Despite the assuredness with which Leebaert presents his case there are merits to his argument and the standard interpretation that has long been gospel deserves a rethinking.  His thesis rests on a series of documents that he has uncovered.  The most important of which is National Security Document 75 that was presented to President Truman on July 15, 1950.  Leebaert contends that this 40-page analysis has never been seen by historians and its conclusions are extremely important.  NSC 75’s purpose was to conduct an audit of the far-flung British Empire concentrating on its ability to meet its military commitments and determine how strong the United Kingdom really was, as men including John J. McCloy, Paul Nitze, David K. Bruce, and Lewis Douglas feared what would happen if the British Empire collapsed.   All important agencies in the American government took part in this analysis; the CIA, the Pentagon, the Treasury and State Departments and reached some very interesting judgments.  The document concluded that “the British Empire and Commonwealth” still had the capacity to meet its military obligations with an army of close to a million men.  Leebaert argues that “there had been no retreat that anyone could categorize, in contrast to adjustment, and no need was expected for replacement.  Nor could American energy and goodwill substitute for the British Empire’s experienced global presence.  As for the need to vastly expand US forces overseas, that wasn’t necessary.  Instead the United States should support its formidable ally, which included backing its reserve currency.” (234)  For Leebaert this document alone changes years of Cold War historiography.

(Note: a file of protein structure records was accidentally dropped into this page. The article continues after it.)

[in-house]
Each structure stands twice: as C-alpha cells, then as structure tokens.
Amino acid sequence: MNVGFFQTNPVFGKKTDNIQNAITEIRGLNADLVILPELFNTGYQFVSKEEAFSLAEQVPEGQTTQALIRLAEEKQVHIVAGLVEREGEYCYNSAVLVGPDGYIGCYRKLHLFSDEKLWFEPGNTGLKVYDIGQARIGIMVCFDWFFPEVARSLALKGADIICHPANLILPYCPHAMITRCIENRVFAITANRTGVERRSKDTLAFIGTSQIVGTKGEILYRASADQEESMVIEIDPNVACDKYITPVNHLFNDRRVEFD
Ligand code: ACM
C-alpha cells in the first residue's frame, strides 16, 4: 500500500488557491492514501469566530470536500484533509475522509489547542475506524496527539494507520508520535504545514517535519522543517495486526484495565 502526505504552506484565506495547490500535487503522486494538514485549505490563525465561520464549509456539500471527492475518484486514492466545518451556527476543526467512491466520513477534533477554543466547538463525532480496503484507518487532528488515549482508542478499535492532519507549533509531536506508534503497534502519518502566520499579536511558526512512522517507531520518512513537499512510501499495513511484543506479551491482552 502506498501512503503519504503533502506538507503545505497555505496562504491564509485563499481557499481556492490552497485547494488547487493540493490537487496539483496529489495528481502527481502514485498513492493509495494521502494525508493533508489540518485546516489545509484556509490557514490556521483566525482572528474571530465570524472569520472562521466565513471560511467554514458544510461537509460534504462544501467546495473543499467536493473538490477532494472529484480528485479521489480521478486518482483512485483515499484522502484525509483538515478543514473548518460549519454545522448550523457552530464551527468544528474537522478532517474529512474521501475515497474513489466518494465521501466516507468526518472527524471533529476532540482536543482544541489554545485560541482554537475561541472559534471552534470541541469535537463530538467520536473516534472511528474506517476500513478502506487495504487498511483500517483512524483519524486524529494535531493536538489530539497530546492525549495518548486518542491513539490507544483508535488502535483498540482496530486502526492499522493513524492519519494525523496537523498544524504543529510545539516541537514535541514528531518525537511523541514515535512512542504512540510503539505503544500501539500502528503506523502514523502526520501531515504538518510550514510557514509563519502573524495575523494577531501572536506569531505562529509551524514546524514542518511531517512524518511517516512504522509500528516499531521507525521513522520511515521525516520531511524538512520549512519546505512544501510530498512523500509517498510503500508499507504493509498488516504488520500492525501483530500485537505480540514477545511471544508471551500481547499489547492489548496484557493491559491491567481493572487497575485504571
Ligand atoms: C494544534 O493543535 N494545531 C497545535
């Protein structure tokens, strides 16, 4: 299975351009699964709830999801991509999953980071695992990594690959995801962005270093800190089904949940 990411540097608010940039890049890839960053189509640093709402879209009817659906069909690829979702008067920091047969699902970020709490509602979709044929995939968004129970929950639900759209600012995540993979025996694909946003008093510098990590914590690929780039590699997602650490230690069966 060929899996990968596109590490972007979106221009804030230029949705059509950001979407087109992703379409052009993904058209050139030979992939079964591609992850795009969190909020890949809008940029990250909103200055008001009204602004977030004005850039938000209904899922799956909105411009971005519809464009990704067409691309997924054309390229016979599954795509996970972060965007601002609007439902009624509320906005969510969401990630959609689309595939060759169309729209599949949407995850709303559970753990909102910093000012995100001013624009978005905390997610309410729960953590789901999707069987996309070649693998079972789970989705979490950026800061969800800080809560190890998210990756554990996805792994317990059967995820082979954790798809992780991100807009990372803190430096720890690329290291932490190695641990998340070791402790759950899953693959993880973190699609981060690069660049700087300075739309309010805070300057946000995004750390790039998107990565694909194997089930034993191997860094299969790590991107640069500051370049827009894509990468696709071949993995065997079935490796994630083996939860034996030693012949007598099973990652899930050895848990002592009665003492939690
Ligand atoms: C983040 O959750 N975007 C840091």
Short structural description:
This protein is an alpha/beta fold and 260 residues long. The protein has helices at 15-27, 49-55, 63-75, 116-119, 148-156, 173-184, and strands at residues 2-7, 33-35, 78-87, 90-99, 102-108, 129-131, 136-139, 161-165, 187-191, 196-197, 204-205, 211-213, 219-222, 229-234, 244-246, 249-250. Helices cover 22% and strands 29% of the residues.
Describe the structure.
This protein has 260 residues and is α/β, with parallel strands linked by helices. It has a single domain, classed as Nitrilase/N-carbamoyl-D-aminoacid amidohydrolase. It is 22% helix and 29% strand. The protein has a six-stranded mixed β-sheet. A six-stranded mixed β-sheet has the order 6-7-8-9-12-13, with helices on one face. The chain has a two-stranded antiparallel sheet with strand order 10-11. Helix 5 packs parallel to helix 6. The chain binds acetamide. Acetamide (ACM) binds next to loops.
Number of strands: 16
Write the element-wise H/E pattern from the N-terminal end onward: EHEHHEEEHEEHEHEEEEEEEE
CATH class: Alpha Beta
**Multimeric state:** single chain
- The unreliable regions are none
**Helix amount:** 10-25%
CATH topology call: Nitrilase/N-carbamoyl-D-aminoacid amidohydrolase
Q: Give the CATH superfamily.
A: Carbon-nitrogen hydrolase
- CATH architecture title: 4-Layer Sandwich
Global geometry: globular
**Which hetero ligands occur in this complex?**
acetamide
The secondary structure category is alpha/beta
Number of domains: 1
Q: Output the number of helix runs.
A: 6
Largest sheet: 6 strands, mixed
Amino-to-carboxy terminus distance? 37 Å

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(President Harry S. Truman and Secretary of State George C. Marshall)

Harold Evans points out in his October 18, New York Times review that Leebaert offers other persuasive points that mitigate any American take over from the British due to their perceived weakness.  First, British military and related industries produced higher proportions of wartime output than the United States well into the 1950s.  Second, Britain was ahead in life sciences, civil nuclear energy, and jet aviation than America.  Third, England maintained the largest military presence on the Rhine once the United States withdrew its forces at the end of the war.  Fourth, British intelligence outshone “American amateurs.”  This being the case Leebaert’s thesis has considerable merit, but there are areas that his thesis does not hold water, particularly that of the condition of the English economy, dollar reserves, and how British trade was affected by the weakness of the pound sterling.

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(British Foreign Secretary Ernest Bevin)

Leebaert’s revisionist approach centers on a few historical figures; some he tries to resurrect their reputations, others to bring them to the fore having been seemingly ignored previously.  The author’s portrayal of British Foreign Secretary Ernest Bevin is a key to his presentation.  As the leader of the Labour Party, Bevin held leftist anti-colonial beliefs, but once in power the realities of empire, economics, and politics brought about a marked change particularly as it involved the Middle East, London’s role in any attempt at a European federation, the devaluation of the pound sterling, the need to create an Anglo-American bond, and numerous other areas.  Leebaert goes out of his way to defend Bevin in several areas, especially charges that he was anti-Semitic in dealing with the situation in Palestine.  Other individuals discussed include John Wesley Snyder who had strong relationships with President Truman and Secretary of State Marshall, who as Secretary of the Treasury oversaw the transition of the US economy to peacetime and was the driving force behind the Marshall Plan.  The American Ambassador to Great Britain, Lewis Douglas also fits this category as does Commissioner General Malcom MacDonald, who oversaw British policy in the Pacific from his position in Singapore, the hub of British Pacific power.